This is not a catch-up course as a rule and a fast start is usually essential. The first two winners started slowly with opening rounds of 71 and Stal trailed by four strokes 12 months ago but no other winner has been any more than three back after round one and the last eight winners have all shot an opening round in the 60s.

Larrazabal, the 2013 winner, slipped back in round two and he was four off the lead and tied for 10th at the halfway stage but he, Stal and Casey (in 2007) are the only winners to be outside the top-five through 36 holes.

Larrazabal sat fourth and three back with a round to go and Donaldson trailed by two in second spot a year earlier but the five winners before them were all in front after round three.

In each of the last four years, a star name arguably should have won. In addition to the aforementioned implosion by Kaymer, Rock outgunned Tiger Woods in 2012, Justin Rose gave up a two-stroke 54-hole lead when Donaldson won, and Larrazabal got the better of Rory McIlroy and Phil Mickelson in what transpired to be another fascinating final round.

I doubt we will ever witness anything like last year's remarkable scenes but taking on odds-on shots in-running on Sunday could well pay dividends again.
In the ten editions to date, there has never been a playoff at the Abu Dhabi HSBC Championship.

Market Leaders

Surely it's only a matter of time before Rory McIlroy wins this event. He finished 11th here on debut in 2008 and he missed the cut in 2013 when he was using his new Nike clubs for the first time but take out those two performances and his for figures read 5-3-2-2-2-2.

Rory has kicked off the year here for the last eight years, so maybe he's been just a fraction rusty when it comes to the crunch and that's why he hasn't quite converted? He was matched at just 2.427/5 on the Friday last year and he hit a low of 2.3611/8 in 2014. He led after the first round in 2009 and 2012 and I wouldn't be in a rush to take him on - especially in the Top 5 Finish and 1st Round Leader markets.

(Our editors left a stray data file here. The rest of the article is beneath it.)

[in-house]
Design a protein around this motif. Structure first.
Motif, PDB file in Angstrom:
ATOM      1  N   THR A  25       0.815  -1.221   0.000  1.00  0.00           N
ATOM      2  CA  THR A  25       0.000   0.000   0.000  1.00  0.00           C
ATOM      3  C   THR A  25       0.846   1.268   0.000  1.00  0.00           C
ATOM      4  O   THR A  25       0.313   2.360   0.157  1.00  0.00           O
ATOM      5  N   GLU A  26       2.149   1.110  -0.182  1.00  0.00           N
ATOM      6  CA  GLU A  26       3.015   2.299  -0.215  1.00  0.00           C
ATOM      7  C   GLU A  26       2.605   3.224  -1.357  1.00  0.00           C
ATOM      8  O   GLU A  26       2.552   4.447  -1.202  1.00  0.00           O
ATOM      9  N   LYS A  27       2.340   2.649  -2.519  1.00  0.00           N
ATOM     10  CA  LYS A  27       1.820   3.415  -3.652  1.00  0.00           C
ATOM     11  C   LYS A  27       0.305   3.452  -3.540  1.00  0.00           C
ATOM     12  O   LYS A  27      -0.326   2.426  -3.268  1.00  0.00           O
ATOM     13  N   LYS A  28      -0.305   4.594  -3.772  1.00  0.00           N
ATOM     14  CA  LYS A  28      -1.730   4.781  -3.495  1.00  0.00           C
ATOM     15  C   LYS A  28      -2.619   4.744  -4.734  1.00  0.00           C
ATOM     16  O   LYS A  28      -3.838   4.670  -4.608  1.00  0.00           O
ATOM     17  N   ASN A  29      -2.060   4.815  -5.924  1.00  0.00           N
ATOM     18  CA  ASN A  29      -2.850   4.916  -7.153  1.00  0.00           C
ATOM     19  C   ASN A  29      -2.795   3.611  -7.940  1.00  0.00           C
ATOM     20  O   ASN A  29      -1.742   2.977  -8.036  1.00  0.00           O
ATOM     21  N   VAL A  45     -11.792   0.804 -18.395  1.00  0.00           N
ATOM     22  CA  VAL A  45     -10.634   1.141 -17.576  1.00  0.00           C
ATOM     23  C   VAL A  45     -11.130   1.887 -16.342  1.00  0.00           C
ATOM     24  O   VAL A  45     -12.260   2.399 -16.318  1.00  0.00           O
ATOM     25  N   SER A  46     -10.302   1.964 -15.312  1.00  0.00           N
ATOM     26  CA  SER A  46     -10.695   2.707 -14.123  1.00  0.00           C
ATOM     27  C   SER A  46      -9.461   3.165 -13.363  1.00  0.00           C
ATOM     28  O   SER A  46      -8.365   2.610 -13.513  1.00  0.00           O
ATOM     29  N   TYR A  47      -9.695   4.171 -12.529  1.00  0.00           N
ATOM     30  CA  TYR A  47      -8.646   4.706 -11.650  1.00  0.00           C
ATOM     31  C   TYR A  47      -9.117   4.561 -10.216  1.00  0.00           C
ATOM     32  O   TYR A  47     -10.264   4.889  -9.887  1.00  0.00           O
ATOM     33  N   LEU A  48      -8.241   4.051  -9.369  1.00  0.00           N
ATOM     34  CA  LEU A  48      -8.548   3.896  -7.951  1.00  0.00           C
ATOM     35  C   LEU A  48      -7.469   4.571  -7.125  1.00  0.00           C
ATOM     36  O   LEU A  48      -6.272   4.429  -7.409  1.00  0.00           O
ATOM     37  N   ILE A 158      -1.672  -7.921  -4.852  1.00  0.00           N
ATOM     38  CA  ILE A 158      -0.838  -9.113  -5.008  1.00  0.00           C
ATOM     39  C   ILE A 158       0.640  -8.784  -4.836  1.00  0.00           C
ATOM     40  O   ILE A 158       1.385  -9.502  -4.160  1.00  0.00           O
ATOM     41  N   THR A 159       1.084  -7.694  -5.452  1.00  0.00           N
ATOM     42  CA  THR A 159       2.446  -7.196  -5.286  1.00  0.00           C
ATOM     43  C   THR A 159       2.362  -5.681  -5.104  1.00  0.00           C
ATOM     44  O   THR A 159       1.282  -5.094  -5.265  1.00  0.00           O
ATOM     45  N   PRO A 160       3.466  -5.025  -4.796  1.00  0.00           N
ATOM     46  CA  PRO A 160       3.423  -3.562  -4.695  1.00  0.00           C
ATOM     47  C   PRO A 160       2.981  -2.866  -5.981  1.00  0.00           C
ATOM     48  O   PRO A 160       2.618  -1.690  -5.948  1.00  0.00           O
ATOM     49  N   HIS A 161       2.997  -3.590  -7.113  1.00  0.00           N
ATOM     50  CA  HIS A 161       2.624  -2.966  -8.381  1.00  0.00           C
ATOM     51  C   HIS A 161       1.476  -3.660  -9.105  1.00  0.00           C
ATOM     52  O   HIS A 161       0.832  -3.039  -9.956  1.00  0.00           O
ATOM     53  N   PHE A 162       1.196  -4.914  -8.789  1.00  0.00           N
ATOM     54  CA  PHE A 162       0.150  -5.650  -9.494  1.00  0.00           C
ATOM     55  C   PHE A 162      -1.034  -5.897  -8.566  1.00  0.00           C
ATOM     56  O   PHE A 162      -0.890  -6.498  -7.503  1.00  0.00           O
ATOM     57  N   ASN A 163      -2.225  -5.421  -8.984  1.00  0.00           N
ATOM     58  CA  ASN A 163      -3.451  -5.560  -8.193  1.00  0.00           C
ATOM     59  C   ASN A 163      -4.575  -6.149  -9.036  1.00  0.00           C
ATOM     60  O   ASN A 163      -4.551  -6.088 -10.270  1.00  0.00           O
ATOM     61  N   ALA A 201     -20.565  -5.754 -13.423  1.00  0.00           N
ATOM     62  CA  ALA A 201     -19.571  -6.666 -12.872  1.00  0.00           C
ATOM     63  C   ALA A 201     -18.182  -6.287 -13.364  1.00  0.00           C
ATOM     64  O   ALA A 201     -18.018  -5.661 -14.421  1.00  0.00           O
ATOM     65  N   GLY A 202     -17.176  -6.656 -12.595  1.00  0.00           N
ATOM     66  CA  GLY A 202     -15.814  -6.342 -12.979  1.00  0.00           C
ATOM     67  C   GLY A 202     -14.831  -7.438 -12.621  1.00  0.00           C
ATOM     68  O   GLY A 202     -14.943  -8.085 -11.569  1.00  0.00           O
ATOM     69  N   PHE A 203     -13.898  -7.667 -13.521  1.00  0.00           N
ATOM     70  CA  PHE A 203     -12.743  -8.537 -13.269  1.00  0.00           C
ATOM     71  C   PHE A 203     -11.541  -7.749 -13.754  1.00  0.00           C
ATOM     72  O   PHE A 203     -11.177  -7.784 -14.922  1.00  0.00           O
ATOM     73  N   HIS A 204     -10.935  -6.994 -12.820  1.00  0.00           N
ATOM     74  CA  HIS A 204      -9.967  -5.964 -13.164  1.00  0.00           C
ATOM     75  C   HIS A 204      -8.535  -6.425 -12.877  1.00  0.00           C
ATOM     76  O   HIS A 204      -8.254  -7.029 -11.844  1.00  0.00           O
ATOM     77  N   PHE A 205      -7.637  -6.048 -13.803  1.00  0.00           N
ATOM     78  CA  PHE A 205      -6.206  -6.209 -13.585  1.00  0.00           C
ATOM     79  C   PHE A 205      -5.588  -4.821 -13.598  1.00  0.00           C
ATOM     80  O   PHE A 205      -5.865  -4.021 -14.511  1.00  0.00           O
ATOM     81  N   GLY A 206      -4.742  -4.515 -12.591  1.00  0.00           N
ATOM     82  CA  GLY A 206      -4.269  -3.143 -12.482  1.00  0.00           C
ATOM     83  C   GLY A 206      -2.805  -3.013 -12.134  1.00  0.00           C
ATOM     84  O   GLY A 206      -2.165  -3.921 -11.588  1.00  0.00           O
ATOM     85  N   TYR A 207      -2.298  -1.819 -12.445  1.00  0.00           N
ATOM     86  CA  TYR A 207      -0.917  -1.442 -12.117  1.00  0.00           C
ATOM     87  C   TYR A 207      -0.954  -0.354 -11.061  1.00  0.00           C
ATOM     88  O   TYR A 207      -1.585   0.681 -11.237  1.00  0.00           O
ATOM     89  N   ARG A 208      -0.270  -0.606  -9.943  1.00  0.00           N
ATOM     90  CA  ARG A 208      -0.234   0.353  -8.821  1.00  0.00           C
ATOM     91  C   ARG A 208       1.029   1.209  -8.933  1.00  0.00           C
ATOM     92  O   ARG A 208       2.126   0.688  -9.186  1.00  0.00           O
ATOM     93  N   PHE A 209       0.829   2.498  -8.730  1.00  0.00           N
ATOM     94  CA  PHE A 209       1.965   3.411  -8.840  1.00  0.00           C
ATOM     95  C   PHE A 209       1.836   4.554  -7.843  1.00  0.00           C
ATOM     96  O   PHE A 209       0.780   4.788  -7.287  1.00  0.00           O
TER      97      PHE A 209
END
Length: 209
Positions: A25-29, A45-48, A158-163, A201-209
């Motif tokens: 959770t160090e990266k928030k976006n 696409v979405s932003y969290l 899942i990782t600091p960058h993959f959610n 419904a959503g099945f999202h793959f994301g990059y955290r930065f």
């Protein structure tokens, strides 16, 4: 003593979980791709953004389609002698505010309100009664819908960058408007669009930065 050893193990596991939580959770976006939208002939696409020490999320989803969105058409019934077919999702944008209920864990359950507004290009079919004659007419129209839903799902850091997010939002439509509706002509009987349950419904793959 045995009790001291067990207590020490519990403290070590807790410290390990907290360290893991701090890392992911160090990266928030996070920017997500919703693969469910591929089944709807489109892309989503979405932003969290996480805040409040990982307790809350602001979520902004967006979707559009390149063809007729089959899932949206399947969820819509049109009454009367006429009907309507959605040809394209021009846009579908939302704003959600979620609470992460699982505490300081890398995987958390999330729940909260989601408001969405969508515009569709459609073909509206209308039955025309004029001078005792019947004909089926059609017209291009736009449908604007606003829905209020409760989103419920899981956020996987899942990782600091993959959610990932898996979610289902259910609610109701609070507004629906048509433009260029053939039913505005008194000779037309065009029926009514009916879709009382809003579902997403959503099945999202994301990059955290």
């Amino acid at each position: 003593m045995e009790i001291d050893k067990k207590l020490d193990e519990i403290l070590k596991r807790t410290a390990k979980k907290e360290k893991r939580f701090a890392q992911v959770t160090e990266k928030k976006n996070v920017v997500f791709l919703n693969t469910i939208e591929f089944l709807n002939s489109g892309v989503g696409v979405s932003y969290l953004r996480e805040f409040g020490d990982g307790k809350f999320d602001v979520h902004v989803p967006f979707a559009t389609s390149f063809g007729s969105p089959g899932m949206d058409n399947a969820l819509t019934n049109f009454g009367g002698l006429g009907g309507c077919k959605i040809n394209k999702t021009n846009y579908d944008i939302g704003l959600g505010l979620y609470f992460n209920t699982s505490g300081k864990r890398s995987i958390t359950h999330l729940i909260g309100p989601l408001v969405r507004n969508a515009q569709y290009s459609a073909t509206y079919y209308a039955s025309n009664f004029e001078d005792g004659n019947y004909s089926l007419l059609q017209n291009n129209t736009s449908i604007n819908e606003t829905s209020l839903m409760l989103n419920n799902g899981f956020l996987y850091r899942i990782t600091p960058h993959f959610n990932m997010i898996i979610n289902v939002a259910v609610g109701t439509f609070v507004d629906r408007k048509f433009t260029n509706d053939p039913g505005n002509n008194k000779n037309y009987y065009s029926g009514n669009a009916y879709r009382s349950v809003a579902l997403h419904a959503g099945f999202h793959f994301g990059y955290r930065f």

Despite him being in scintillating form a fortnight ago, when he won the Hyundai Tournament of Champions by a remarkable eight strokes, Spieth might be one to swerve here. He doesn't have any noticeable weaknesses and he's going to contend far more often than not but a couple of things put me off at this particular tournament.

GIR is the key stat here and although it's hard to believe given his results, he did end 2015 ranking only 49th on the PGA Tour for that stat, so that's a tiny negative and so is his lack of desert golf experience. This will be the first time he's played the course and he doesn't have an abundance of form on desert tracks. He was seventh at the Phoenix Open on his seasonal reappearance last year but he was never really in-contention and with so many in the field with an abundance of experience here, and at other desert courses, there's an argument that Spieth is too short at around 5.59/2.

The market can't split Rickie Fowler or Henrik Stenson but neither makes much appeal. Fowler finished down the field on debut 12 months ago and Stenson hasn't played well here in a long time. The Swede's first three visits resulted in two seconds and an eighth placed finish but his form figures since read MC-21-42-MC-23-MC-MC which is hardly inspiring.

Course specialist Martin Kaymer, is next up but he hasn't played especially well in a while and heaven knows how he'll react to revisiting the scene of his most calamitous performance.


I'm happy to play Rory in both the Win and Top 5 markets - especially the latter. I know Spieth's in the field this time around and Rory's a similar price to 12 months ago when he wasn't, but the Irishman's record here really is quite incredible. Sooner or later he's going to get over the line and if it's not this year, if he achieves his usual top-5 finish, that will more than cover my stakes.

In addition to backing Rory, I'm also playing the hugely-promising Thomas Pieters -who finished fourth here last year, despite failing to break 70 on the weekend - and I've also risked a few pounds on Andy Sullivan, who I don't think should be as big as he is considering all that he's already achieved.

Rory McIlroy Win and Top 5 Finish 5.79/2 and circa 2.01/1
Thomas Pieters @ 50/1
Andy Sullivan @ 70.069/1

I'll be back later today with my CareerBuilder Challenge preview.

*You can follow me on Twitter @SteveThePunter